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MONTREAL, QC - AUGUST 13: Alexander Zverev of Germany reacts after defeating Roger Federer of Switzerland 6-3, 6-4 in the final during day ten of the Rogers Cup presented by National Bank at Uniprix Stadium on August 13, 2017 in Montreal, Quebec, Canada. (Photo by Minas Panagiotakis/Getty Images)

Alexander Zverev Is the New World No.3

He didn’t have an ideal week at the Rolex Paris Masters this past week - he was bundled out in his opening match - but the ATP World Tour’s biggest breakthrough star this year, Alexander Zverev, has broken even newer ground this week, rising to a new career-high ranking of No.3 in the world.

Zverev came into 2017 with just one ATP World Tour title to his name and having never reached the second week of a major, but he’s bettered both of those stats in a big way, winning five more titles (including his first two Masters 1000 crowns in Rome and Montreal) and reaching the second week of a major for the first time at Wimbledon (falling to 2016 Wimbledon finalist Milos Raonic in five sets).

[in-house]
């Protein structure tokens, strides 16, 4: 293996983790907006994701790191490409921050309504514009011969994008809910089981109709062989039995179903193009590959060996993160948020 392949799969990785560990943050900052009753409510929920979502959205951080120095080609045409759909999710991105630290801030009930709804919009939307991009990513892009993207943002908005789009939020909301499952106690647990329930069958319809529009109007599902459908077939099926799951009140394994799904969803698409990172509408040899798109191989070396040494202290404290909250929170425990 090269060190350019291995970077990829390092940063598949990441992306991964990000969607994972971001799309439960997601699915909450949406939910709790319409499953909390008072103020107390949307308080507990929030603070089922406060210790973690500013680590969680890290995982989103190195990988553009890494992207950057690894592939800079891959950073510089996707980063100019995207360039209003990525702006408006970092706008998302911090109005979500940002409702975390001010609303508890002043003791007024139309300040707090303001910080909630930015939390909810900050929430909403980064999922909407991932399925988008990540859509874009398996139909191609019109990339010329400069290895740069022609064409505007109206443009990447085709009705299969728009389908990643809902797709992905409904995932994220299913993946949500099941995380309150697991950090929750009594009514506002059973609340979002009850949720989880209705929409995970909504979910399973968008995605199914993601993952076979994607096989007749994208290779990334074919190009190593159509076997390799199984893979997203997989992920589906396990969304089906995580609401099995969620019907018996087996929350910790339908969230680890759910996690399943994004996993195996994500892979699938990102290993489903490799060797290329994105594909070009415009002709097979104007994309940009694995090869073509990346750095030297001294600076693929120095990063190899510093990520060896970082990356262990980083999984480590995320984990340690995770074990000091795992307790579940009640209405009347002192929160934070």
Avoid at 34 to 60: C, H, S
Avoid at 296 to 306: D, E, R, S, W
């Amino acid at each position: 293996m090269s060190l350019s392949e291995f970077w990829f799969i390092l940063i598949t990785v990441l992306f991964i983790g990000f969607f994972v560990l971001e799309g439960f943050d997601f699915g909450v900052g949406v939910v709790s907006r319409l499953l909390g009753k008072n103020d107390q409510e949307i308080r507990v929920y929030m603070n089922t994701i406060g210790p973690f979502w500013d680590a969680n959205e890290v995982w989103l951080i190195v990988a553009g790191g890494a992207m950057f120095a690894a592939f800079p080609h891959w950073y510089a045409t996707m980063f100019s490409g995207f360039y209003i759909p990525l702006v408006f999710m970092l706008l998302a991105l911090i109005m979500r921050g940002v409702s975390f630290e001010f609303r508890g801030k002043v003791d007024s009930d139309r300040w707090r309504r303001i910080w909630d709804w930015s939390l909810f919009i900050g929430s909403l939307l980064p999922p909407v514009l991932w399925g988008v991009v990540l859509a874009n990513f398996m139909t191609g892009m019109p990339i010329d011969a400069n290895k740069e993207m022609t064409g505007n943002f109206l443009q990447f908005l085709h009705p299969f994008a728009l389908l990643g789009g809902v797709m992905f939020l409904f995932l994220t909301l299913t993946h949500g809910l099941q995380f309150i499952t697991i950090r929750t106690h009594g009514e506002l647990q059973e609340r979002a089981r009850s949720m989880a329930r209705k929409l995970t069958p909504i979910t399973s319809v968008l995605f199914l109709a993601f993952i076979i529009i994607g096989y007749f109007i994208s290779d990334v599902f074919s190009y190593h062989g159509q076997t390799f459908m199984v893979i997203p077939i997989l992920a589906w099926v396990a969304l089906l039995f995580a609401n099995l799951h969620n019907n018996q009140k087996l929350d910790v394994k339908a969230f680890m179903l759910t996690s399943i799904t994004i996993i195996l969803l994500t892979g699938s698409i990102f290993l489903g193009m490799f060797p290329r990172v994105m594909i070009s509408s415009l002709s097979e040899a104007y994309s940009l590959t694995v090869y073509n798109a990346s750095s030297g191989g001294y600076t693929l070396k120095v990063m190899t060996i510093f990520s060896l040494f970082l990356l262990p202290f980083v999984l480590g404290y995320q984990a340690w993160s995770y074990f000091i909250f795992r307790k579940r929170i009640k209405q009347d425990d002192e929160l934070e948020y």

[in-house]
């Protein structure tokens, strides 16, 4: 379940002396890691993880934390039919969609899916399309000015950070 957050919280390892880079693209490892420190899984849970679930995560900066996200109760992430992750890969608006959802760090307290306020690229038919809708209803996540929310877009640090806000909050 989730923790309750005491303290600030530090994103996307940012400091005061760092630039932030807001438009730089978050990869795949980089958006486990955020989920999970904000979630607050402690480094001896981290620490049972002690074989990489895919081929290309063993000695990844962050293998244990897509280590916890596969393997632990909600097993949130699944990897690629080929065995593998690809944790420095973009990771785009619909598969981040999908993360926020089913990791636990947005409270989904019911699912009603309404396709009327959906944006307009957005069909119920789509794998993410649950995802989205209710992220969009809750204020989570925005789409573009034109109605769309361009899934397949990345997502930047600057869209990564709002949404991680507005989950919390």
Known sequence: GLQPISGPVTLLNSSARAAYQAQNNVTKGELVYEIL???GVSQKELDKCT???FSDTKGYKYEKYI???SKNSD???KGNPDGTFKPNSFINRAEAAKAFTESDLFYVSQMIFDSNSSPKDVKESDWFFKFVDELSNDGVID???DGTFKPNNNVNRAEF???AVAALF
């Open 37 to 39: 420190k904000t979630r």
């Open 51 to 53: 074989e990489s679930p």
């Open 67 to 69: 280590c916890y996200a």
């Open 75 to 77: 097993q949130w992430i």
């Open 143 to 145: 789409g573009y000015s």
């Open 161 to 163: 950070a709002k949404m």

With Andy Murray’s points from last year’s Rolex Paris Masters and ATP Finals both dropping off this week, the Brit tumbles down from No.3 to No.16, allowing Zverev to inch up from No.4 to No.3.

And the German did manage to produce one memorable highlight in his loss against Robin Haase:

But his real highlights of 2017 came in his massive Masters 1000 triumphs, first at Rome in May:

And then at Montreal in August, where he stunned his childhood idol, Roger Federer, in the final:

Zverev isn’t the only top player who set a new career-high on this week’s rankings, either. Dominic Thiem moved to a new career-high of No.4, Grigor Dimitrov moved up to a new career-high of No.6, David Goffin set a new high of No.8 and Paris champion Jack Sock debuted in the Top 10 at No.9.

There were several shifts in the Top 10 due to Murray and Novak Djokovic falling down the rankings. Murray, who’s nursing a hip injury, is out of the Top 10 for the first time since the week of October 13, 2014, and at his lowest ranking since the week of May 5, 2008. Djokovic, who’s been out due to his elbow, fell from No.7 to No.12, his first time out of the Top 10 since the week of March 12, 2007.

And since the 30-year-old Djokovic was still a teenager that week, that means the Serb, a 12-time Grand Slam champion and former No.1, spent his entire 20s - yes, his entire 20s - in the Top 10.

Read more articles by John Berkok

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